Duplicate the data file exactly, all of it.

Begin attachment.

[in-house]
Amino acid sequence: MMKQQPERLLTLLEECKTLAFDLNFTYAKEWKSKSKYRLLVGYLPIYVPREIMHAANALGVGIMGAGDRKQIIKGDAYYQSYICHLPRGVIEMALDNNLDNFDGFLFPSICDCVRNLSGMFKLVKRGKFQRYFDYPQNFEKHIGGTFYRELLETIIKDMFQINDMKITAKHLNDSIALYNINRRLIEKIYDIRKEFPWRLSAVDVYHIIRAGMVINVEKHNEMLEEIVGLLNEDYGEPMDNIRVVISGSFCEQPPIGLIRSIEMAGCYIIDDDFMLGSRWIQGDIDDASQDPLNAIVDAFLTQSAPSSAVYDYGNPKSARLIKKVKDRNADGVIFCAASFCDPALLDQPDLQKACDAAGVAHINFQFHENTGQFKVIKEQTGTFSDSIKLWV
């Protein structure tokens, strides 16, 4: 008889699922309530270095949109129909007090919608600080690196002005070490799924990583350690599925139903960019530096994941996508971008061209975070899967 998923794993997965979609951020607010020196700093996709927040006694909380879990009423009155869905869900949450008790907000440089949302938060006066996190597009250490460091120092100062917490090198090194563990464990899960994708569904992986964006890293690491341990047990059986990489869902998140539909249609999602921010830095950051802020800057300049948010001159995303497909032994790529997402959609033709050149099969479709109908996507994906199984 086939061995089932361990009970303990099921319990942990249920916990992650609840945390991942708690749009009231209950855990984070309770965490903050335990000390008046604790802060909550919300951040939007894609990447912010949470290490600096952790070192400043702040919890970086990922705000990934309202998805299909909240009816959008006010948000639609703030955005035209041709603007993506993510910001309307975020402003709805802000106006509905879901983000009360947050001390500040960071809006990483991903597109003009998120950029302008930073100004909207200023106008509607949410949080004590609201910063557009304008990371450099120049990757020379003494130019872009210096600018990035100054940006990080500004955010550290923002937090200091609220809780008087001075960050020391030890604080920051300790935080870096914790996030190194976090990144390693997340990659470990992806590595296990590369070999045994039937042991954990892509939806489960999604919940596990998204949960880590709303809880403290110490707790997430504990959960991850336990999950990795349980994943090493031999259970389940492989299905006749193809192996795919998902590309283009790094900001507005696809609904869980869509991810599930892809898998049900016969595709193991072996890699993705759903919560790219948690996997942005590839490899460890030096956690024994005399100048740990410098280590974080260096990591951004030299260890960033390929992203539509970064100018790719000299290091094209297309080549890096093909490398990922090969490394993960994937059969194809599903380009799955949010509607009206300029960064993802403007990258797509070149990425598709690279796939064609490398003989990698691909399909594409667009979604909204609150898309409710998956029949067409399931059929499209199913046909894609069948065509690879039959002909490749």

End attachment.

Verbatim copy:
[in-house]
Amino acid sequence: MMKQQPERLLTLLEECKTLAFDLNFTYAKEWKSKSKYRLLVGYLPIYVPREIMHAANALGVGIMGAGDRKQIIKGDAYYQSYICHLPRGVIEMALDNNLDNFDGFLFPSICDCVRNLSGMFKLVKRGKFQRYFDYPQNFEKHIGGTFYRELLETIIKDMFQINDMKITAKHLNDSIALYNINRRLIEKIYDIRKEFPWRLSAVDVYHIIRAGMVINVEKHNEMLEEIVGLLNEDYGEPMDNIRVVISGSFCEQPPIGLIRSIEMAGCYIIDDDFMLGSRWIQGDIDDASQDPLNAIVDAFLTQSAPSSAVYDYGNPKSARLIKKVKDRNADGVIFCAASFCDPALLDQPDLQKACDAAGVAHINFQFHENTGQFKVIKEQTGTFSDSIKLWV
């Protein structure tokens, strides 16, 4: 008889699922309530270095949109129909007090919608600080690196002005070490799924990583350690599925139903960019530096994941996508971008061209975070899967 998923794993997965979609951020607010020196700093996709927040006694909380879990009423009155869905869900949450008790907000440089949302938060006066996190597009250490460091120092100062917490090198090194563990464990899960994708569904992986964006890293690491341990047990059986990489869902998140539909249609999602921010830095950051802020800057300049948010001159995303497909032994790529997402959609033709050149099969479709109908996507994906199984 086939061995089932361990009970303990099921319990942990249920916990992650609840945390991942708690749009009231209950855990984070309770965490903050335990000390008046604790802060909550919300951040939007894609990447912010949470290490600096952790070192400043702040919890970086990922705000990934309202998805299909909240009816959008006010948000639609703030955005035209041709603007993506993510910001309307975020402003709805802000106006509905879901983000009360947050001390500040960071809006990483991903597109003009998120950029302008930073100004909207200023106008509607949410949080004590609201910063557009304008990371450099120049990757020379003494130019872009210096600018990035100054940006990080500004955010550290923002937090200091609220809780008087001075960050020391030890604080920051300790935080870096914790996030190194976090990144390693997340990659470990992806590595296990590369070999045994039937042991954990892509939806489960999604919940596990998204949960880590709303809880403290110490707790997430504990959960991850336990999950990795349980994943090493031999259970389940492989299905006749193809192996795919998902590309283009790094900001507005696809609904869980869509991810599930892809898998049900016969595709193991072996890699993705759903919560790219948690996997942005590839490899460890030096956690024994005399100048740990410098280590974080260096990591951004030299260890960033390929992203539509970064100018790719000299290091094209297309080549890096093909490398990922090969490394993960994937059969194809599903380009799955949010509607009206300029960064993802403007990258797509070149990425598709690279796939064609490398003989990698691909399909594409667009979604909204609150898309409710998956029949067409399931059929499209199913046909894609069948065509690879039959002909490749």